18. wolfi
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    wolfi Contributing Member

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    Well not rezally it is cause msuic only has 12 notes, so only 12 notes arnaged in defrient order and not all of them work together, in other words music speaking chocies wise is very limited

    Chords are used with a "Rule" of 1,4,5 over half of msuci use these chords
    in defreint keys so in other words they did not get it form (enter favorit badn here) they got it formt eachers who teach them how to make songs
    or form hearing with their own ears how 1,4,5 sounds so good
    and then you add 6th and that adds another 1\4th of it I'd guess
    .
    But thats just it writting is not like msuis, I have tried this and i have not noticed any style what so ever, not so say it dose not exist but tell me how do you write?
    do you think of words to fit or do you put the first one that comes?
    of couse the moment that this qurestion is aksed maters, but for isntaince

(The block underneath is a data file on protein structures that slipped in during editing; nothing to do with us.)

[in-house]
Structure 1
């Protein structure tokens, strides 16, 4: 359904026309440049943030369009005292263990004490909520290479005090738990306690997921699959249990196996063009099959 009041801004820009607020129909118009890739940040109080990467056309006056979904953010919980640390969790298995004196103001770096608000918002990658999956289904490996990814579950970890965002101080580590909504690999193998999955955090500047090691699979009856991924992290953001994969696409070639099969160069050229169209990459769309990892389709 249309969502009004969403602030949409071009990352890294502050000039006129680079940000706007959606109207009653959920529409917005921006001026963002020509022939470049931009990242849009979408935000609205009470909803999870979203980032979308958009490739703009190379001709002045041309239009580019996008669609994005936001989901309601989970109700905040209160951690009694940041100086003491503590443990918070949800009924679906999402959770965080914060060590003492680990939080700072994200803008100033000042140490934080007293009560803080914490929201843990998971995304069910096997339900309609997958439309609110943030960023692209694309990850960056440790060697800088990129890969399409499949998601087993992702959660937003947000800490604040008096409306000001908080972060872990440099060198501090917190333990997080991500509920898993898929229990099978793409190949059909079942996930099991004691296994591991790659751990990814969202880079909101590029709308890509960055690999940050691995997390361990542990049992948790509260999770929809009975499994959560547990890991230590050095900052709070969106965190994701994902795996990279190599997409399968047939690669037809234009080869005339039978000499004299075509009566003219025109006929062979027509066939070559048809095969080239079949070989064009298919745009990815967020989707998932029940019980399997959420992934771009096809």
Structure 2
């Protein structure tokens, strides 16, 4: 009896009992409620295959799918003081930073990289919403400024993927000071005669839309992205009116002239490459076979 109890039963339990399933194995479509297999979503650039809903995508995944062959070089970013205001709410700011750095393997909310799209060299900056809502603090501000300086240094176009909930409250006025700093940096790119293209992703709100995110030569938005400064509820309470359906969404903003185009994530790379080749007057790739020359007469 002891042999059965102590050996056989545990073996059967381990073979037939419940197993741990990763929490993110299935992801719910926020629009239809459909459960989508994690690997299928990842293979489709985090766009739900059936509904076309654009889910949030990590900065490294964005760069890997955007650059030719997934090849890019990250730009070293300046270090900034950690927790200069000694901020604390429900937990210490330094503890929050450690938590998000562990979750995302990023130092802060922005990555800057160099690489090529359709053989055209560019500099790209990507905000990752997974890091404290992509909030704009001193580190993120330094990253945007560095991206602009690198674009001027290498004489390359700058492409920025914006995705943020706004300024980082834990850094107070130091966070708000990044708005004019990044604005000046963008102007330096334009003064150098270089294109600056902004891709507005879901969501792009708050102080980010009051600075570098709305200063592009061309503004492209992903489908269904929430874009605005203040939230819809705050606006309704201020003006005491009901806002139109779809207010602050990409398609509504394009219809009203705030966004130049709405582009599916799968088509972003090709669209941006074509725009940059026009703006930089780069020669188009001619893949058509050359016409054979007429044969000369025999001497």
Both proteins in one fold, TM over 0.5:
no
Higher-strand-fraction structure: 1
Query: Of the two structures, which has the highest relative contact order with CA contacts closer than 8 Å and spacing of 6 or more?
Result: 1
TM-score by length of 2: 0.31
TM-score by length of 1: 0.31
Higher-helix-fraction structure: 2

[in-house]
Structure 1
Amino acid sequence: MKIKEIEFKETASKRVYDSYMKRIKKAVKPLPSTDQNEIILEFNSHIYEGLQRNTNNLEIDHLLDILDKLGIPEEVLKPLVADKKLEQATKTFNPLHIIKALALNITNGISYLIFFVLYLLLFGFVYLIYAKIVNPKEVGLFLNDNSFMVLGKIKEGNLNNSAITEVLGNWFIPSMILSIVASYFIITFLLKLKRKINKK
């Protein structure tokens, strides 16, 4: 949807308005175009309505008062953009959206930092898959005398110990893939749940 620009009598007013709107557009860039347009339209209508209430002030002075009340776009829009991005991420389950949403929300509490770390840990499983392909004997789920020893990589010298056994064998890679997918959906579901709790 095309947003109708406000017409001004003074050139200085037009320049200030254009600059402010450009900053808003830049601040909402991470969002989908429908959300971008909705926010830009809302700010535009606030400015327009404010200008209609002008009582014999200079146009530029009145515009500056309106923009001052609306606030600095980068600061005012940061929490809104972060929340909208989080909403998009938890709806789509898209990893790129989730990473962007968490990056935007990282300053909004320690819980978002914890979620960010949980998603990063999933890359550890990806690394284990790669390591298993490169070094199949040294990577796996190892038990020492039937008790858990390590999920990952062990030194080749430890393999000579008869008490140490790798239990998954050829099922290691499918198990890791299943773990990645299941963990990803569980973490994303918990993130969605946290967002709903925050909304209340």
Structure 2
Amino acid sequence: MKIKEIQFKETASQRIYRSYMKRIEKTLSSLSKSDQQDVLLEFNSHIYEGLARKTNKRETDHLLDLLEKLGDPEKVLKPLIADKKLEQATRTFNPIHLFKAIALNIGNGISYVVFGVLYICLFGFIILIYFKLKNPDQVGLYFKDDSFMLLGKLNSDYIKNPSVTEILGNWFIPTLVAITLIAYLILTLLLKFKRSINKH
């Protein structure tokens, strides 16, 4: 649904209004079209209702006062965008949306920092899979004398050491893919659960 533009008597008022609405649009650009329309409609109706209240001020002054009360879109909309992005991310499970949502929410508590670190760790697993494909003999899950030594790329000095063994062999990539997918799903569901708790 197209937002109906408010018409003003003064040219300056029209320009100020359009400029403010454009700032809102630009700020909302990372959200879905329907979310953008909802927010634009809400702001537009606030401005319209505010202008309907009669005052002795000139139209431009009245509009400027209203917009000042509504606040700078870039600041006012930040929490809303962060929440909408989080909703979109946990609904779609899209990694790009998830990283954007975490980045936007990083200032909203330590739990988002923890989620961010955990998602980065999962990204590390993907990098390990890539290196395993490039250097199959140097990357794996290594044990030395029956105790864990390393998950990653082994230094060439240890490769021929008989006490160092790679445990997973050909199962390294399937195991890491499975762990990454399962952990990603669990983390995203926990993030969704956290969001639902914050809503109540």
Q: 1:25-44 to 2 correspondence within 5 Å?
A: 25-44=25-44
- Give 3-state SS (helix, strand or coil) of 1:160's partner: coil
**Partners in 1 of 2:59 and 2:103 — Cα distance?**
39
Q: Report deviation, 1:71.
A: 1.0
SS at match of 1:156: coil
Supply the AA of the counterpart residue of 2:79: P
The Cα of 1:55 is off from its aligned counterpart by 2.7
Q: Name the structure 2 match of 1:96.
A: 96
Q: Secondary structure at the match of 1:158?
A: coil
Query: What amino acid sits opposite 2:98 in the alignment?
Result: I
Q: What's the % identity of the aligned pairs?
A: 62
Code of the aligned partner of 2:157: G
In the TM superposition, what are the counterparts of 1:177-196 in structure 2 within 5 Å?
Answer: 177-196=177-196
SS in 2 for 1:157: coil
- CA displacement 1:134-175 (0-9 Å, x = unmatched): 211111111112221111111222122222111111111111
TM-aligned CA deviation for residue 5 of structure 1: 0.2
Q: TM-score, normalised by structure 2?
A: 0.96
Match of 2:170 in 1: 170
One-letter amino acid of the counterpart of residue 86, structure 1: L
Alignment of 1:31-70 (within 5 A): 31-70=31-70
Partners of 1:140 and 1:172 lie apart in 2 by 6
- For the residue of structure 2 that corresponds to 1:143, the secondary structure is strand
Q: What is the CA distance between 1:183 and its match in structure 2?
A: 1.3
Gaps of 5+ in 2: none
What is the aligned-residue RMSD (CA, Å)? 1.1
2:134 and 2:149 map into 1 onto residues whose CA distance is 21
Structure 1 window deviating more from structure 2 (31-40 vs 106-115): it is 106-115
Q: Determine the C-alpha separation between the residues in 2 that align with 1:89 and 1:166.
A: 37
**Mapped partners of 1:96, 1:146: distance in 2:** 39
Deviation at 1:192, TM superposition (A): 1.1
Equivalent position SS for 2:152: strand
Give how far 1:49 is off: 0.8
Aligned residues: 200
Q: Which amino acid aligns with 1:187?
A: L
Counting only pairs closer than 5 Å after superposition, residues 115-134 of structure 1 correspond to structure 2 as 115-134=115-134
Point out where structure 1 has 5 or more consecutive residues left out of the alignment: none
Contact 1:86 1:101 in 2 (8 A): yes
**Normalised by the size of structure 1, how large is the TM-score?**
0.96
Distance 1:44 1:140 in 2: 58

its Better to use common words then use fancy words as they will make you seem more down to earth ot what ever
    So if you use nomral words the first ones to come to muind is it a style?
    Sure some pepole ahve a style but I think its like a lot of pepole saying that
    (enter pop band here) is better then (entyer another one)
    they use the same chords and use the same key
    yet one is etter not cause of stlye as their style is the same but becuse of something eles what exactly? I dont know

    I'll give it a try I gues how should I "adjust it" and get the style?
    When i read books i dont notice any style
     
  19. ChickenFreak
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    ChickenFreak Contributing Member Contributor

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    Every writer has a style, or potentially many different styles, so that they can choose the style most appropriate for the current work. For example, the following descriptions are in three fundamentally different styles, even though they're describing the same woman:

    Description One: She was a young woman with long red hair, wearing a low-cut evening dress made of green silk.

    Description Two: She had fiery auburn hair, rippling down over flawless creamy-white shoulders. Her gown was of the finest emerald silk, with a plunging neckline...

    Description Three: Her hair was red. Really red. Raggedy-Ann red, fire truck red. The hair was what would make her easy to pick out of a crowd, but what I really noticed was the dress. Actually, not the _dress_, so much; I couldn't even tell you what color it was. What I noticed was just how low the neckline was. I had a long, happy look at the view before I walked up to introduce myself...